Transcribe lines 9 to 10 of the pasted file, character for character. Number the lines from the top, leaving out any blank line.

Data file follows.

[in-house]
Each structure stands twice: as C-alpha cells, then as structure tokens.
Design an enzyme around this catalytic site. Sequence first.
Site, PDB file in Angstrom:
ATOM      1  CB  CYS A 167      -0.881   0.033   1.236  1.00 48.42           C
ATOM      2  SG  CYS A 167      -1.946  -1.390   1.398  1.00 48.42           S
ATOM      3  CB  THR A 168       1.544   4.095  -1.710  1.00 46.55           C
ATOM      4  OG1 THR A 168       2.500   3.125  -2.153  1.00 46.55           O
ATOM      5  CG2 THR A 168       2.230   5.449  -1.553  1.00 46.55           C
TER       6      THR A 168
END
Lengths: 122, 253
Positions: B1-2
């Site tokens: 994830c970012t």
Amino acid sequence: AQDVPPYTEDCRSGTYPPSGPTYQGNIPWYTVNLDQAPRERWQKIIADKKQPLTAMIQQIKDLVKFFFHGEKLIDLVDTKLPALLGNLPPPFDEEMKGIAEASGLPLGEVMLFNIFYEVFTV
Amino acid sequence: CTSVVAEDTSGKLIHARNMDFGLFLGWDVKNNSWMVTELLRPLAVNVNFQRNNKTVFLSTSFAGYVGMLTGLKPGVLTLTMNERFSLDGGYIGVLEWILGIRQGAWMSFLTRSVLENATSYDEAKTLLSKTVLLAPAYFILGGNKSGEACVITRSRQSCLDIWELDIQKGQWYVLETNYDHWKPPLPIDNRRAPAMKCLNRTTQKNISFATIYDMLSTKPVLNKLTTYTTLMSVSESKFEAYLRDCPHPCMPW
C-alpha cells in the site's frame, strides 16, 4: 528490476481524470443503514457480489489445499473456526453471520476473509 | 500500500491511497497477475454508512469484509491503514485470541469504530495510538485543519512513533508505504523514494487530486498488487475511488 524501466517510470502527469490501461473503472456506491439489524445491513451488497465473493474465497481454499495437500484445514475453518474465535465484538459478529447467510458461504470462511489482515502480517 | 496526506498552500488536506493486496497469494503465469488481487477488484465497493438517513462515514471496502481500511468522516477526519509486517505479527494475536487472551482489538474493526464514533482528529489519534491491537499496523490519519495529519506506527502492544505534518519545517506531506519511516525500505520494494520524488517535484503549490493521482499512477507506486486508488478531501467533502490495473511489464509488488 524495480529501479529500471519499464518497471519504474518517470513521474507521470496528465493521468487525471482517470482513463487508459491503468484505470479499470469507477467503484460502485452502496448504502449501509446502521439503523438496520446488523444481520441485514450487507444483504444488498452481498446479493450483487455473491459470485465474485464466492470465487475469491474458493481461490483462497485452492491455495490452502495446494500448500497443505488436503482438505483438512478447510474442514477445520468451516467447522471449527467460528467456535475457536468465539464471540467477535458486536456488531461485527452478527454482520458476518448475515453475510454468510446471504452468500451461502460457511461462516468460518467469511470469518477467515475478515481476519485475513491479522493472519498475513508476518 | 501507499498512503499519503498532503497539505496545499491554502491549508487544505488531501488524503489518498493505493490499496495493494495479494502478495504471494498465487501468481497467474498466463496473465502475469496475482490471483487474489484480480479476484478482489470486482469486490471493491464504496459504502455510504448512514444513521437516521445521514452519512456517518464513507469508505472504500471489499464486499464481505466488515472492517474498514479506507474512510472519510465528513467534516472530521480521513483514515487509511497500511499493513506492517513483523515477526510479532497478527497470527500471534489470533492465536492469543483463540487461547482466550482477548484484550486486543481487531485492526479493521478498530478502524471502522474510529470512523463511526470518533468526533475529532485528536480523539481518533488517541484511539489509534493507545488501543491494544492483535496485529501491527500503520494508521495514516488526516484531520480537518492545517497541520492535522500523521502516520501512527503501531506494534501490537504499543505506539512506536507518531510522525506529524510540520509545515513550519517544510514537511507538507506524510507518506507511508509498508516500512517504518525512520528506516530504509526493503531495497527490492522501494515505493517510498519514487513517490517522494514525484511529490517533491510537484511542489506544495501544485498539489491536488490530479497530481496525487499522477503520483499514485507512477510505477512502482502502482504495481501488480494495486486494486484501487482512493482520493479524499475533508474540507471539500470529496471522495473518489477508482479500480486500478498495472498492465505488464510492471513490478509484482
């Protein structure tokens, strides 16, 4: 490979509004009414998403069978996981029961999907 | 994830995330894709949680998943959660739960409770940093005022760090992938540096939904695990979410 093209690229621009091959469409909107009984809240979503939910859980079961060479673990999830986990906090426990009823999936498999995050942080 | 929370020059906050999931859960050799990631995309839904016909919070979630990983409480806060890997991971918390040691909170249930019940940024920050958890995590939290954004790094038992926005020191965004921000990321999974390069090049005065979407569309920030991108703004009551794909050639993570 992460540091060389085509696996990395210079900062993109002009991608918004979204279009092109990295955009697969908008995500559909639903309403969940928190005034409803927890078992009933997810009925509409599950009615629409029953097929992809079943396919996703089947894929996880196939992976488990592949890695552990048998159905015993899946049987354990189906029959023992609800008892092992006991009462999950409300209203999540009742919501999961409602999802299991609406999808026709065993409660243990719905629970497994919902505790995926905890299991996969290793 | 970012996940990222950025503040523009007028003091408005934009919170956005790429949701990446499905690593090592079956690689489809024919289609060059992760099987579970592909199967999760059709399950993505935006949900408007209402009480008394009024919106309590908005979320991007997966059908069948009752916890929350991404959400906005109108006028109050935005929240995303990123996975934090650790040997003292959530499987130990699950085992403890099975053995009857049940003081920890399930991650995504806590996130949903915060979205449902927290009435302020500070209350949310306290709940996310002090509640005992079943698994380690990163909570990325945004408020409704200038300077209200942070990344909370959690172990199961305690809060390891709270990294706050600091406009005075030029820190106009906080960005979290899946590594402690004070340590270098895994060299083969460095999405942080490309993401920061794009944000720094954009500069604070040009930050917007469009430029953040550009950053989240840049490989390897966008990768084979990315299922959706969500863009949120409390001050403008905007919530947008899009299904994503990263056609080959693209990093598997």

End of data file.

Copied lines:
ATOM      5  CG2 THR A 168       2.230   5.449  -1.553  1.00 46.55           C
TER       6      THR A 168